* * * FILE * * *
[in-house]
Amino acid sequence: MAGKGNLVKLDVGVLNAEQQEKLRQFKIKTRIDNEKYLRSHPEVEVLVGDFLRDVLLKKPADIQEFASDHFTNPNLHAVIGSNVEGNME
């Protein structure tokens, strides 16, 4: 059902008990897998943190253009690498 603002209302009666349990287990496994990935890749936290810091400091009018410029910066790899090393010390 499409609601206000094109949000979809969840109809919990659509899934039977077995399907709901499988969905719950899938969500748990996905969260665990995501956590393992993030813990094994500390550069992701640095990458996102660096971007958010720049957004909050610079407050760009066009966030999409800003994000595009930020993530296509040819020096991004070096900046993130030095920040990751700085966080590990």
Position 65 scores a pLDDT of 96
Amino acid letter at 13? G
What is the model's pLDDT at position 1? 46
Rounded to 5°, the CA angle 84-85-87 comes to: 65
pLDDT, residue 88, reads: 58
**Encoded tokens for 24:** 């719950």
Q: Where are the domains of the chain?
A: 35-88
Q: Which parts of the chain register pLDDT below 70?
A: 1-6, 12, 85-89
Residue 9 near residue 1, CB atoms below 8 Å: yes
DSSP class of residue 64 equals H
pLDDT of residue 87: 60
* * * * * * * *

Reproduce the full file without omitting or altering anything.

[in-house]
Amino acid sequence: MAGKGNLVKLDVGVLNAEQQEKLRQFKIKTRIDNEKYLRSHPEVEVLVGDFLRDVLLKKPADIQEFASDHFTNPNLHAVIGSNVEGNME
């Protein structure tokens, strides 16, 4: 059902008990897998943190253009690498 603002209302009666349990287990496994990935890749936290810091400091009018410029910066790899090393010390 499409609601206000094109949000979809969840109809919990659509899934039977077995399907709901499988969905719950899938969500748990996905969260665990995501956590393992993030813990094994500390550069992701640095990458996102660096971007958010720049957004909050610079407050760009066009966030999409800003994000595009930020993530296509040819020096991004070096900046993130030095920040990751700085966080590990």
Position 65 scores a pLDDT of 96
Amino acid letter at 13? G
What is the model's pLDDT at position 1? 46
Rounded to 5°, the CA angle 84-85-87 comes to: 65
pLDDT, residue 88, reads: 58
**Encoded tokens for 24:** 């719950």
Q: Where are the domains of the chain?
A: 35-88
Q: Which parts of the chain register pLDDT below 70?
A: 1-6, 12, 85-89
Residue 9 near residue 1, CB atoms below 8 Å: yes
DSSP class of residue 64 equals H
pLDDT of residue 87: 60